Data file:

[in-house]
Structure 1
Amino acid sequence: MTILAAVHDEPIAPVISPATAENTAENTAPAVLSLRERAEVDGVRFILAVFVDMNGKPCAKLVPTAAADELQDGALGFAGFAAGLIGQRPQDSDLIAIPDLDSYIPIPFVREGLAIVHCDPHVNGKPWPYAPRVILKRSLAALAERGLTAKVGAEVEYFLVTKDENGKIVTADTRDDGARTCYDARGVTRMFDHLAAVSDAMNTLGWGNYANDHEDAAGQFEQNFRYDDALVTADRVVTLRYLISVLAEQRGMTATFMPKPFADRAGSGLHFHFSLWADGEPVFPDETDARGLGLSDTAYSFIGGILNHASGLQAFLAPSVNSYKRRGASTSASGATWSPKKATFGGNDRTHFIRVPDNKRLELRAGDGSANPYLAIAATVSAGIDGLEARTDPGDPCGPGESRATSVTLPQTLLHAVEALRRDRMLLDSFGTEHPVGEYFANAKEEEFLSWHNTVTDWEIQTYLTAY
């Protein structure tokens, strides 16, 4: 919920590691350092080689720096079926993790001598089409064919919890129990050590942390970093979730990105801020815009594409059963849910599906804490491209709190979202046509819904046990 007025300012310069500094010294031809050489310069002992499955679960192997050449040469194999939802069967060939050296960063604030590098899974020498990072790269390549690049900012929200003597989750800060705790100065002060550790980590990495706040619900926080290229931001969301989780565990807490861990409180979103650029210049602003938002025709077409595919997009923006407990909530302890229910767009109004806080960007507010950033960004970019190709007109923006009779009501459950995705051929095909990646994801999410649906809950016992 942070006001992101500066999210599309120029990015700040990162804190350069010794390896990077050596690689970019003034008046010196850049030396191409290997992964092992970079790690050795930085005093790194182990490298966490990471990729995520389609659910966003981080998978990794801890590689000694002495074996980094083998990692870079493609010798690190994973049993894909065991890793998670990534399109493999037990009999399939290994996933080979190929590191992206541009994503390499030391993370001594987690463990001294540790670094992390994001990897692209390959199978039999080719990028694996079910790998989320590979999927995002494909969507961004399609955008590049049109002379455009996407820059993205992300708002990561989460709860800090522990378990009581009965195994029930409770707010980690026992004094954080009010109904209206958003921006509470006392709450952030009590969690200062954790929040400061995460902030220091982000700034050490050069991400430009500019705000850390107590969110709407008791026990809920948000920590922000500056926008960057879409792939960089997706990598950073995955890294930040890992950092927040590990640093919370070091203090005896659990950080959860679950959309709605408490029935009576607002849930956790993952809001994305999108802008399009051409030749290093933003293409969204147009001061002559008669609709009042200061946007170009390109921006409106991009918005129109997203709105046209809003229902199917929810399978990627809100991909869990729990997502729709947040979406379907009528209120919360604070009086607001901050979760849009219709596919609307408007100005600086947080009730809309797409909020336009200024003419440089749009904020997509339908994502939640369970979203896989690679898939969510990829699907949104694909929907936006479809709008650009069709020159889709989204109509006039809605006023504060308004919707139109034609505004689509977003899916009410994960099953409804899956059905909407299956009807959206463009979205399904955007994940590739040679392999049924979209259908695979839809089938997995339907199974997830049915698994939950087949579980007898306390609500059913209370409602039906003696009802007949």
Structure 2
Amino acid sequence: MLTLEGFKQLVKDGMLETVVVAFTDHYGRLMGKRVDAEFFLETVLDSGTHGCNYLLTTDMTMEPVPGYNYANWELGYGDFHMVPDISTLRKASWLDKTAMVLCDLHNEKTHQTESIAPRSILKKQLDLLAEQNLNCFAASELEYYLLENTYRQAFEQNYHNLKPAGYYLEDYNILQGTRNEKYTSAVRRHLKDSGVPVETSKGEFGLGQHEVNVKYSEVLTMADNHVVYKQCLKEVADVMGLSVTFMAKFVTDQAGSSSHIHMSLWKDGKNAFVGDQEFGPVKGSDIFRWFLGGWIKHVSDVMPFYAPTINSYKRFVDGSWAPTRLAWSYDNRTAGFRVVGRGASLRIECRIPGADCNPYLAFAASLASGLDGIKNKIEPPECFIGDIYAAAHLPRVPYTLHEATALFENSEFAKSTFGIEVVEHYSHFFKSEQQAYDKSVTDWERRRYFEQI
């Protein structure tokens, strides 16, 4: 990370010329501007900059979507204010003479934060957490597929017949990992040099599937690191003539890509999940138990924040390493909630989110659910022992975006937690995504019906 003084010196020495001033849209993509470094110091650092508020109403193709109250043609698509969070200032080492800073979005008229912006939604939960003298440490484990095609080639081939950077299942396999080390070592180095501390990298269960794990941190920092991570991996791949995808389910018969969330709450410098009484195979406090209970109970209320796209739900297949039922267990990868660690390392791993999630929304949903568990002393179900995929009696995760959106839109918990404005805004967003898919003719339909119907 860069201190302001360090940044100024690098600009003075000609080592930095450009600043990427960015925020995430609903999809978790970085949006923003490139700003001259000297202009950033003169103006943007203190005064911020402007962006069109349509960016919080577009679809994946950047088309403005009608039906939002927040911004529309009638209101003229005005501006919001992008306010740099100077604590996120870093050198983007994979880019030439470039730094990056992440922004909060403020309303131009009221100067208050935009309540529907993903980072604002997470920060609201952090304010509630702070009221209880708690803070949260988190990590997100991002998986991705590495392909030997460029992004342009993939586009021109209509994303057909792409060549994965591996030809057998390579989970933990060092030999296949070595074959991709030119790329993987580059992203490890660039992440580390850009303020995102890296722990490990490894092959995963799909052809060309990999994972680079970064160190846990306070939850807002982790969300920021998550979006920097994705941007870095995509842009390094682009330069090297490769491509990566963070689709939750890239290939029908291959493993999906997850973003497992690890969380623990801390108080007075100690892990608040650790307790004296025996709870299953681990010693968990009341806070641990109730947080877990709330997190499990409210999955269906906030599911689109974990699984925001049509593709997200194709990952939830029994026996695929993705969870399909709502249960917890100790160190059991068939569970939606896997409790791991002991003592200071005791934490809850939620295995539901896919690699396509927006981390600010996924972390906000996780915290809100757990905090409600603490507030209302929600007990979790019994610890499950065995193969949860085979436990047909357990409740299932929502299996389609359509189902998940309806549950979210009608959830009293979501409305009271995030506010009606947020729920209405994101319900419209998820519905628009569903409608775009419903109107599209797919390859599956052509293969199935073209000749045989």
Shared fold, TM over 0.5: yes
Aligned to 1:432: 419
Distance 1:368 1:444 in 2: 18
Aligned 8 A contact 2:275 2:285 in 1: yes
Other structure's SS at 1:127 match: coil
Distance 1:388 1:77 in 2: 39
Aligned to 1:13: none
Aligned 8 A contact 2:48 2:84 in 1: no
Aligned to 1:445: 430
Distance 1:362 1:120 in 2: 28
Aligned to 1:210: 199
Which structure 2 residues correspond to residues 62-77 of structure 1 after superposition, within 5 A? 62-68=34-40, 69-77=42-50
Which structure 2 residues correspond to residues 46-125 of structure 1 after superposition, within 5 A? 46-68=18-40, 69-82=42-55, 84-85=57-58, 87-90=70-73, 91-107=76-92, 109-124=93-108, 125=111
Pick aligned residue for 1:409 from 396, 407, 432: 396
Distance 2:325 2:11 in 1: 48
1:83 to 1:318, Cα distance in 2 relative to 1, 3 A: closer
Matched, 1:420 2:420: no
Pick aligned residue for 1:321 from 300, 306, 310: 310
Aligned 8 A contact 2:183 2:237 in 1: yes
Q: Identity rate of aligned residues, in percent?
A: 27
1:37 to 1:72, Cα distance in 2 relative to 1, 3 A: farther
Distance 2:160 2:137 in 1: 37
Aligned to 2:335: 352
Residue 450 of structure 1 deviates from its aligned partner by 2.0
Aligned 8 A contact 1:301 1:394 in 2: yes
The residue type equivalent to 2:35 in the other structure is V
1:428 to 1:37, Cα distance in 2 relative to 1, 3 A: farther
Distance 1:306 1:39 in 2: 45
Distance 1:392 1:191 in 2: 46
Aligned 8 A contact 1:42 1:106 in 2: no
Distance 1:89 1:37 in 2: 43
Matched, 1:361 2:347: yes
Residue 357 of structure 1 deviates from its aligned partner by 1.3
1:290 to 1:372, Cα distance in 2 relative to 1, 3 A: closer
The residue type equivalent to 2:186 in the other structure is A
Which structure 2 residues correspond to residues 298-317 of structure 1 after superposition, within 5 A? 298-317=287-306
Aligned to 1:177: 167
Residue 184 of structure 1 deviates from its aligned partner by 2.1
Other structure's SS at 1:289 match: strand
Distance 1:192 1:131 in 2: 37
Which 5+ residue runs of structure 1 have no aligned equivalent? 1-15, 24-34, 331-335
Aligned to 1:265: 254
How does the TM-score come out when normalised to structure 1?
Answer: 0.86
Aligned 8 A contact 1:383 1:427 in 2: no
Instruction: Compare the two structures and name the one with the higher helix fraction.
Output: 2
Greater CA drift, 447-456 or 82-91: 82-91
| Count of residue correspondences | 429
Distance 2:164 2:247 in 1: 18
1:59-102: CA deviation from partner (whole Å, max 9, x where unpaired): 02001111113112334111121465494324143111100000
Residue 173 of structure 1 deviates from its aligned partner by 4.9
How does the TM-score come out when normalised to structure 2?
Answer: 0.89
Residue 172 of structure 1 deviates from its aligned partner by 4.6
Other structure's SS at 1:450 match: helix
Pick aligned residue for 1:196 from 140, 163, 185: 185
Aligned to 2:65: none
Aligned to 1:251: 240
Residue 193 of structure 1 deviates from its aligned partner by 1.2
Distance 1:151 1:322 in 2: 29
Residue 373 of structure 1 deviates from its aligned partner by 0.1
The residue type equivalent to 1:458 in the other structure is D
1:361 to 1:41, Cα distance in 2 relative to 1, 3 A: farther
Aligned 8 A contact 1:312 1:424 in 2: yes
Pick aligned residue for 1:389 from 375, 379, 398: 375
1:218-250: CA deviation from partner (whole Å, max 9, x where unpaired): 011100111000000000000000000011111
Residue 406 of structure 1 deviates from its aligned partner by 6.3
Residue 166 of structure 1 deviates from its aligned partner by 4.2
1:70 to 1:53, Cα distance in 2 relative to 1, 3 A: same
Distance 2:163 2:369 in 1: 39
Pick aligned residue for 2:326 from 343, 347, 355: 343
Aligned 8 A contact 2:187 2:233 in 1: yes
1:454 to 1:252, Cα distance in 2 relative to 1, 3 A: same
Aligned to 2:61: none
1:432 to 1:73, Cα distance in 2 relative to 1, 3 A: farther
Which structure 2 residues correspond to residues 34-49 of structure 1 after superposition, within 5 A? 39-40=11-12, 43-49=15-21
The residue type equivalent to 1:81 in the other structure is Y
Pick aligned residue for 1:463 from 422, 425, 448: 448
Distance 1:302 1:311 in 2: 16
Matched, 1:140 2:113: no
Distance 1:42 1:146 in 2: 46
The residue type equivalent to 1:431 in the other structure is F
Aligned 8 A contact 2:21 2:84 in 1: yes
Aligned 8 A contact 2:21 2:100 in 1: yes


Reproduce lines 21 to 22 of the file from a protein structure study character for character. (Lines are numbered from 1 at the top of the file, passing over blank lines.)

Pick aligned residue for 1:409 from 396, 407, 432: 396
Distance 2:325 2:11 in 1: 48